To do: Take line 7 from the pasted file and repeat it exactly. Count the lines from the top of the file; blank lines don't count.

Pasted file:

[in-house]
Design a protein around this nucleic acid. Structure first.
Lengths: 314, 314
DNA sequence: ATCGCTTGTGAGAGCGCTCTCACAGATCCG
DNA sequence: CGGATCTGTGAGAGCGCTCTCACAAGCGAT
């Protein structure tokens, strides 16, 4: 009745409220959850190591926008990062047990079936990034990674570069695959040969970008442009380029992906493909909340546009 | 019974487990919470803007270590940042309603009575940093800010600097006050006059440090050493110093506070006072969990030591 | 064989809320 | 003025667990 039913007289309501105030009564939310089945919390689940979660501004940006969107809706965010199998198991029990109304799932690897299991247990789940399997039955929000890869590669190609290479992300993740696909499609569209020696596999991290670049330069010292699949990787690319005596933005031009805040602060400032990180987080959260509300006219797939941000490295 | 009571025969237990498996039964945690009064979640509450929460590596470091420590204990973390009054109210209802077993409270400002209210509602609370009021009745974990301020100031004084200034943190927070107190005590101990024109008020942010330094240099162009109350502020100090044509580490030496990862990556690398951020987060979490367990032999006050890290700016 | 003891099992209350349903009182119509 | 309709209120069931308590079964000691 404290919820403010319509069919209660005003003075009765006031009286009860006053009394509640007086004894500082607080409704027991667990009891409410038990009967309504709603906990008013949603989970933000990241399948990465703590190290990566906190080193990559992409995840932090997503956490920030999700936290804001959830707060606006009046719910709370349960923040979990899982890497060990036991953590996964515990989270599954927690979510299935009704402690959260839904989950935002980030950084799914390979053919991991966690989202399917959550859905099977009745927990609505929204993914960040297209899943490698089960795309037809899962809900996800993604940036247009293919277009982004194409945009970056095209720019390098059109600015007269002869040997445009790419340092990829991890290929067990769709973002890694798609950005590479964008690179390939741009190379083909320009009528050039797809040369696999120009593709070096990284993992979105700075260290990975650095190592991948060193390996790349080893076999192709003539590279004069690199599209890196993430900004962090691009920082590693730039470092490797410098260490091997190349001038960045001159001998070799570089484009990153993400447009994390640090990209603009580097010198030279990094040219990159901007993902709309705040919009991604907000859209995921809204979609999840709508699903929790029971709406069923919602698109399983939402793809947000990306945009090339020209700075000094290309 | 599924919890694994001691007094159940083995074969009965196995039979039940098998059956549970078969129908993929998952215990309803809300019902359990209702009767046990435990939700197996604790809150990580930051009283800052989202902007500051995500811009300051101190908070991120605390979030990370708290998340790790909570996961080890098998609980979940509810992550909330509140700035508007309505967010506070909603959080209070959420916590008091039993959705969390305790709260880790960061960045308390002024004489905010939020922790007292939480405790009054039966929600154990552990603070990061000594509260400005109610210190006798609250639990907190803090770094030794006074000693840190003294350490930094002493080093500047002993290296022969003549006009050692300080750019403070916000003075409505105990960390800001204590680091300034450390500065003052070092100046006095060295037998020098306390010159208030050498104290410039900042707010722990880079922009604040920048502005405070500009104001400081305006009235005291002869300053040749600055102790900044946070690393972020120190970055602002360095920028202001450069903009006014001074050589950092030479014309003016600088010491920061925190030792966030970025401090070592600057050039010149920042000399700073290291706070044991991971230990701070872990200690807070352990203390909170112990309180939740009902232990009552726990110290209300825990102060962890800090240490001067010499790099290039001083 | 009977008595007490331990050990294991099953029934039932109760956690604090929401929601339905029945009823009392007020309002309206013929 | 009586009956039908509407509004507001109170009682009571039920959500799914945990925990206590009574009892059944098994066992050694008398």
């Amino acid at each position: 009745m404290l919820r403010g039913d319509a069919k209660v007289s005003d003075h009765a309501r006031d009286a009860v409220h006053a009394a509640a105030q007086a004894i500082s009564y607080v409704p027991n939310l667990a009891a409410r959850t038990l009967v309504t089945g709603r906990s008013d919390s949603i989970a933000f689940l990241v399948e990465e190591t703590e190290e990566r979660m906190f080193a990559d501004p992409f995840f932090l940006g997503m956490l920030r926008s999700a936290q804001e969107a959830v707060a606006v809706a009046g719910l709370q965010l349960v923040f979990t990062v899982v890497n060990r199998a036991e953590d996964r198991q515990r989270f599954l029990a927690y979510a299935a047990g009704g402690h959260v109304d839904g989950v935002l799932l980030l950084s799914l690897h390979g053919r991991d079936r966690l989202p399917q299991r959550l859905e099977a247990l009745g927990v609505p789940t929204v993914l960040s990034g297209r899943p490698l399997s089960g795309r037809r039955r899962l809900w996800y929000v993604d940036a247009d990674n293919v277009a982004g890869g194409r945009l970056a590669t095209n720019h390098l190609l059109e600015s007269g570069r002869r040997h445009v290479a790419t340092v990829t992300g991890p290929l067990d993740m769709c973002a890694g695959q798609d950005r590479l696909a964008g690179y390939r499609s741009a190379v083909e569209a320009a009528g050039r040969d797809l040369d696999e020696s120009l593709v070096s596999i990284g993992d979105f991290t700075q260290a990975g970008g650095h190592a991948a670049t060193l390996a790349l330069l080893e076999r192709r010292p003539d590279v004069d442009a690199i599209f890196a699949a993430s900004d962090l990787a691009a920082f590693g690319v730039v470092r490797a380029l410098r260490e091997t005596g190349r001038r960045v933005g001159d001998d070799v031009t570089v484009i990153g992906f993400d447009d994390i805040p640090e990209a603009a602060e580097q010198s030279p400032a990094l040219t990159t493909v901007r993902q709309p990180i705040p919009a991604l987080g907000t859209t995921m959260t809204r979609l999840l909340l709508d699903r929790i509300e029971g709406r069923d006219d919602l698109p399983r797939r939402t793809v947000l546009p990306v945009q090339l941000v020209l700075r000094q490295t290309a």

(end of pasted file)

């Amino acid at each position: 009745m404290l919820r403010g039913d319509a069919k209660v007289s005003d003075h009765a309501r006031d009286a009860v409220h006053a009394a509640a105030q007086a004894i500082s009564y607080v409704p027991n939310l667990a009891a409410r959850t038990l009967v309504t089945g709603r906990s008013d919390s949603i989970a933000f689940l990241v399948e990465e190591t703590e190290e990566r979660m906190f080193a990559d501004p992409f995840f932090l940006g997503m956490l920030r926008s999700a936290q804001e969107a959830v707060a606006v809706a009046g719910l709370q965010l349960v923040f979990t990062v899982v890497n060990r199998a036991e953590d996964r198991q515990r989270f599954l029990a927690y979510a299935a047990g009704g402690h959260v109304d839904g989950v935002l799932l980030l950084s799914l690897h390979g053919r991991d079936r966690l989202p399917q299991r959550l859905e099977a247990l009745g927990v609505p789940t929204v993914l960040s990034g297209r899943p490698l399997s089960g795309r037809r039955r899962l809900w996800y929000v993604d940036a247009d990674n293919v277009a982004g890869g194409r945009l970056a590669t095209n720019h390098l190609l059109e600015s007269g570069r002869r040997h445009v290479a790419t340092v990829t992300g991890p290929l067990d993740m769709c973002a890694g695959q798609d950005r590479l696909a964008g690179y390939r499609s741009a190379v083909e569209a320009a009528g050039r040969d797809l040369d696999e020696s120009l593709v070096s596999i990284g993992d979105f991290t700075q260290a990975g970008g650095h190592a991948a670049t060193l390996a790349l330069l080893e076999r192709r010292p003539d590279v004069d442009a690199i599209f890196a699949a993430s900004d962090l990787a691009a920082f590693g690319v730039v470092r490797a380029l410098r260490e091997t005596g190349r001038r960045v933005g001159d001998d070799v031009t570089v484009i990153g992906f993400d447009d994390i805040p640090e990209a603009a602060e580097q010198s030279p400032a990094l040219t990159t493909v901007r993902q709309p990180i705040p919009a991604l987080g907000t859209t995921m959260t809204r979609l999840l909340l709508d699903r929790i509300e029971g709406r069923d006219d919602l698109p399983r797939r939402t793809v947000l546009p990306v945009q090339l941000v020209l700075r000094q490295t290309a």